Our client’s home was totally destroyed in the 2017 Tubbs Fire. After his carrier, Liberty, engaged in unfair claims practices, he filed multiple complaints with the California Department of Insurance (“CDI”). The CDI ignored his complaints for months but pretended it was investigating. Eventually, our client filed suit against Liberty—and the CDI.
Our lawsuit presented what appeared to be a novel theory of liability against the CDI. We asked the court to order the CDI to meaningfully review our client’s consumer complaint. Liberty challenged the validity of our claim, arguing that we failed to even remotely state a legal case against the CDI.1
In a ruling issued yesterday, June 5, 2020, California Northern District Judge Richard Seeborg agreed with us. Judge Seeborg did not confirm the causes of action would be held valid in later proceedings, but affirmed them for now in the early stages of the case. You can read the court’s opinion here and our briefing on the subject here.
The ruling is a significant step forward for the thousands of consumers who plead with the CDI for help from their carriers’ unfair claims practices. There is a general understanding in the California insurance community that the CDI does not actually care about resolving consumer complaints. Instead, the CDI simply wants to collect data. This does nothing for consumers who are being hurt by their insurance companies.
The CDI’s practice of not adequately addressing consumer complaints leaves California insureds disillusioned. After all, it is a complaint process, not a data survey for a $10 Amazon gift card. Consumers expect protection from their elected officials and taxpayer funded state agencies like the CDI. The CDI not only has the power to take in consumer complaints but the duty to review them meaningfully and take action against the insurer where appropriate. In claims arising out of a state of emergency, the CDI also has the power to compel a carrier to attend a private mediation with the insured, at the carrier’s expense. In many instances, the CDI is required to send the dispute to mediation.2 But in our experience, that is rarely and selectively done without any apparent rational basis.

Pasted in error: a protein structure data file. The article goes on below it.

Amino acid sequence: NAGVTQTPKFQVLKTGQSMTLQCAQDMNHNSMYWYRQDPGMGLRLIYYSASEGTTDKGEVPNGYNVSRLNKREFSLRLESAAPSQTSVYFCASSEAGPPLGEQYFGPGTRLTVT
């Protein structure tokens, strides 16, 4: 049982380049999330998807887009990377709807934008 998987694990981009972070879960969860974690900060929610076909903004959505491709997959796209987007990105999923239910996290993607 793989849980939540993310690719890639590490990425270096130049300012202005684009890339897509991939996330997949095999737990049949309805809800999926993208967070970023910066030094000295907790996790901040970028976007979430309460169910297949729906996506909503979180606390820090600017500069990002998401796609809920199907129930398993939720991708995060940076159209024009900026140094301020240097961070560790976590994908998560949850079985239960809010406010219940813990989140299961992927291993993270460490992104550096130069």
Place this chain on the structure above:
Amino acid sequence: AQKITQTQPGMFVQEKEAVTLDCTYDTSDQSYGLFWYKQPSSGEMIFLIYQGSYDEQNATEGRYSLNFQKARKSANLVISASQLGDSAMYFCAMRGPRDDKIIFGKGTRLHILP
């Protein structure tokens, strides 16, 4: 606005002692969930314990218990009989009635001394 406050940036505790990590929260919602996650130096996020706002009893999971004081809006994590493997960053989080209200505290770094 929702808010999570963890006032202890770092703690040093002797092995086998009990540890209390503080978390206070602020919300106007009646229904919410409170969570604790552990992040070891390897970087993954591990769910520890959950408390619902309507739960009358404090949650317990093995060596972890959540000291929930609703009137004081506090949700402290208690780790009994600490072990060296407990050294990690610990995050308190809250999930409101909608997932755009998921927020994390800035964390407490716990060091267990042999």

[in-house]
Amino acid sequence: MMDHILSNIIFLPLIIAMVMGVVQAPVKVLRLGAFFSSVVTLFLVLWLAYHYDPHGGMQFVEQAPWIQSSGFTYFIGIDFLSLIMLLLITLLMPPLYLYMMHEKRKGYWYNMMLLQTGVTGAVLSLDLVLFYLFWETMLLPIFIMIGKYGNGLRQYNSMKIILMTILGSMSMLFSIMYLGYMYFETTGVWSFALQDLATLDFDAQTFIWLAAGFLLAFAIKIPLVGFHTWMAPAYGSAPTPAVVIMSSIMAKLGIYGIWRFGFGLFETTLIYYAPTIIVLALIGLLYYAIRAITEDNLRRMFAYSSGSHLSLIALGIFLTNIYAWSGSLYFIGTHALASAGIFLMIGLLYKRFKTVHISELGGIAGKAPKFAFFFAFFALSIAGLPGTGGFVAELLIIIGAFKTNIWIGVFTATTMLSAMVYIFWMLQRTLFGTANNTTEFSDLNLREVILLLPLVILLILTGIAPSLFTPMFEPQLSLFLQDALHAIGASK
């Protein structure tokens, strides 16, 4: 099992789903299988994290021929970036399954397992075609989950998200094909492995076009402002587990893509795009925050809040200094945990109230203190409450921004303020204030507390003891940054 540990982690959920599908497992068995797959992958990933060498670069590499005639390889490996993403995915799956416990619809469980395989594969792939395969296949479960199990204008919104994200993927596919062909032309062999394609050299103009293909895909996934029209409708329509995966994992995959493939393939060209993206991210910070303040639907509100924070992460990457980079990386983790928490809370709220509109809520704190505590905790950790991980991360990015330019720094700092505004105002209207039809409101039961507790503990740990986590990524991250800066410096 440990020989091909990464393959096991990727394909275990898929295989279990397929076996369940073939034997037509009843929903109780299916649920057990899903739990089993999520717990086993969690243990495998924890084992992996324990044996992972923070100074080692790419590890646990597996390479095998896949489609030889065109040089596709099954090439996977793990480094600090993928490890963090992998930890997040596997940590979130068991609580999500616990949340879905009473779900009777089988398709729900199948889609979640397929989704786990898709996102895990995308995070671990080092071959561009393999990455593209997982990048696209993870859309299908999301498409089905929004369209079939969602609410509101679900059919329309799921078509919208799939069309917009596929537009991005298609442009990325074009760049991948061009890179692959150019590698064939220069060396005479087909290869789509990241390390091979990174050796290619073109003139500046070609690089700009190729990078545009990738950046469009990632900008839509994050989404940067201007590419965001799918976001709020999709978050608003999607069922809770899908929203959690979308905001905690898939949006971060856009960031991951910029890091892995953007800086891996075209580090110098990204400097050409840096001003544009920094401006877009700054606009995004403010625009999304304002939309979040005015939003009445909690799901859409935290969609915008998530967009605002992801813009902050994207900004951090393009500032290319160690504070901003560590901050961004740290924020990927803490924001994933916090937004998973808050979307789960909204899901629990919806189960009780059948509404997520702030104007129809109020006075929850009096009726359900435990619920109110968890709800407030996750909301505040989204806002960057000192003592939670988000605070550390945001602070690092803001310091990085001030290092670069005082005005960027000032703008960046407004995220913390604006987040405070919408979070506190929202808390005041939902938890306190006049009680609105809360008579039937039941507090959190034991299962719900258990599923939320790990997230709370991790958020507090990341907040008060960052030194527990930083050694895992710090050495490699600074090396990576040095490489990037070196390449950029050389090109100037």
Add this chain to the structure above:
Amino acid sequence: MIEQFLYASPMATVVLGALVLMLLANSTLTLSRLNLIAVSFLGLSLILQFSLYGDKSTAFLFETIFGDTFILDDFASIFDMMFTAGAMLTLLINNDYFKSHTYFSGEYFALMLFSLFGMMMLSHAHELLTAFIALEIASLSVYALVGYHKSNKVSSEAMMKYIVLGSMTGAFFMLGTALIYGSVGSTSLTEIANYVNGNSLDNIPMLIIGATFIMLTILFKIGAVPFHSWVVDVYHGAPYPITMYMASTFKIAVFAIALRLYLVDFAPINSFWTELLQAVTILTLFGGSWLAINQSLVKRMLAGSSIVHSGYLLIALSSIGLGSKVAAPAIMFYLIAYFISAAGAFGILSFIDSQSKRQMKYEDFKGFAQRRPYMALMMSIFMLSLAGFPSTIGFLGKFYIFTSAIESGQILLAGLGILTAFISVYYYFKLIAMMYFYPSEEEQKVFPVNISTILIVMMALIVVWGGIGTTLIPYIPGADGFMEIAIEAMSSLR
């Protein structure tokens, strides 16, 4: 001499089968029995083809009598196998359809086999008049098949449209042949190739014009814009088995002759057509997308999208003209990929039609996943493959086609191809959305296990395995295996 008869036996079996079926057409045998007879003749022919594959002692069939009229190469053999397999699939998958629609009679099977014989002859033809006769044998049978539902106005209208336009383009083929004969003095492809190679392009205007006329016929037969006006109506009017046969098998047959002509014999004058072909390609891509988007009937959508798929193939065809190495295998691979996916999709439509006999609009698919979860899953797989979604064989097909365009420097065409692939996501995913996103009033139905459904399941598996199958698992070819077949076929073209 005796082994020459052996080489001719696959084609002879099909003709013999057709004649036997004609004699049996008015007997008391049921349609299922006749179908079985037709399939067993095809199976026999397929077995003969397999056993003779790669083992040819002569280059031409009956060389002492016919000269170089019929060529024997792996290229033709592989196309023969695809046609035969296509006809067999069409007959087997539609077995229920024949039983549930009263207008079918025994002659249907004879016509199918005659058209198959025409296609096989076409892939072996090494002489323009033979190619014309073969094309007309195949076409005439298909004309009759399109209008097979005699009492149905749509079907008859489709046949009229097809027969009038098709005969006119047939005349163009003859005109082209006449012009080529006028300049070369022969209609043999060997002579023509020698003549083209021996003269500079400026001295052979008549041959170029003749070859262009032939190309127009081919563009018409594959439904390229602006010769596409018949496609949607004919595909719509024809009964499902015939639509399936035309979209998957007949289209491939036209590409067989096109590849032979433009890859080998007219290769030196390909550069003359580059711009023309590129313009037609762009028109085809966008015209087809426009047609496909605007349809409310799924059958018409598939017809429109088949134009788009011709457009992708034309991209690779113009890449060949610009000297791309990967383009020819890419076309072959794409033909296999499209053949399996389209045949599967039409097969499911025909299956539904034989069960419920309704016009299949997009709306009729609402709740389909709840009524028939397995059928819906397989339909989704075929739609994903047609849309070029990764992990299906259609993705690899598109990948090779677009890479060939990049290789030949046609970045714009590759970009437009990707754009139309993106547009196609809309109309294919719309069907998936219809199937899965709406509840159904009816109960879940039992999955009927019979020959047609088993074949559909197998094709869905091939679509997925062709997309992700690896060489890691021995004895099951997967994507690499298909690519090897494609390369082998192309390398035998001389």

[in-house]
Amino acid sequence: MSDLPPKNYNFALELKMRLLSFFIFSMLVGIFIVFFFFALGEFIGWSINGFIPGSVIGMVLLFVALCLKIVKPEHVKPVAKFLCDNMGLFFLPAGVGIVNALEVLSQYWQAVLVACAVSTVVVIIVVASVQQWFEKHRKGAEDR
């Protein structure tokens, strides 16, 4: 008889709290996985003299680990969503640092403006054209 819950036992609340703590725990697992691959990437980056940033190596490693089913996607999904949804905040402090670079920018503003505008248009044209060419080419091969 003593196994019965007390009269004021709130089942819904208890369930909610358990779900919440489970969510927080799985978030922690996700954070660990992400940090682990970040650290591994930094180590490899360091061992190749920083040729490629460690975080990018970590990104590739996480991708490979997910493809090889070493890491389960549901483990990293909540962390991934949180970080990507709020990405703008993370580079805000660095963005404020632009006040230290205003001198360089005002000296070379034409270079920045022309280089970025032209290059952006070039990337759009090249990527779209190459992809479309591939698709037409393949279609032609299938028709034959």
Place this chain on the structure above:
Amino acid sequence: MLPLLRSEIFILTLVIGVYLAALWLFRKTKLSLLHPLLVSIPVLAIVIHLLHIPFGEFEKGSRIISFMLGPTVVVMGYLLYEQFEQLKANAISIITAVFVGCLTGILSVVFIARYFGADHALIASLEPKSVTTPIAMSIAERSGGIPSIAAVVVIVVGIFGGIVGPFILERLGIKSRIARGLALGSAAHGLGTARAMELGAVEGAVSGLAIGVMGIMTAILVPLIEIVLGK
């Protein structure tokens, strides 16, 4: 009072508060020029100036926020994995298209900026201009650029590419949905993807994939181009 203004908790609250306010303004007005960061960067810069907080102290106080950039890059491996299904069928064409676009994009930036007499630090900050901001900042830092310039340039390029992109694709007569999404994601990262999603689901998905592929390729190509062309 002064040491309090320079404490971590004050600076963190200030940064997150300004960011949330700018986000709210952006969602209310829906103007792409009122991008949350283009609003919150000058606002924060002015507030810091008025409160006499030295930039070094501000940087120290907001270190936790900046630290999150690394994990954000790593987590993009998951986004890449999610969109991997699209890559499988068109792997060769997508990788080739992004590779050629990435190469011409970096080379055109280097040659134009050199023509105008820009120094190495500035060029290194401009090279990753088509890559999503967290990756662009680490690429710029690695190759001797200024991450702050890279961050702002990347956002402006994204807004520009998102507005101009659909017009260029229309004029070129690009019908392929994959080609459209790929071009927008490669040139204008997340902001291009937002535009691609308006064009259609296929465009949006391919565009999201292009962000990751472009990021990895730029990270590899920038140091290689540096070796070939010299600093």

The order issued yesterday by Judge Seeborg is the first judicial authority we are aware of in California indicating that an insured can ask a court to compel the CDI to pay meaningful attention to their consumer complaint. Hopefully we can continue developing this law in a positive manner and encourage the CDI to pay closer attention to consumer complaints.
1 Liberty took this position for strategic purposes. Had they won their motion, they would have been able to use a legal loophole to move the case from our client’s chosen courthouse to the one they prefer.
2 These requirements are spelled out in our briefings with the court, which you can find here.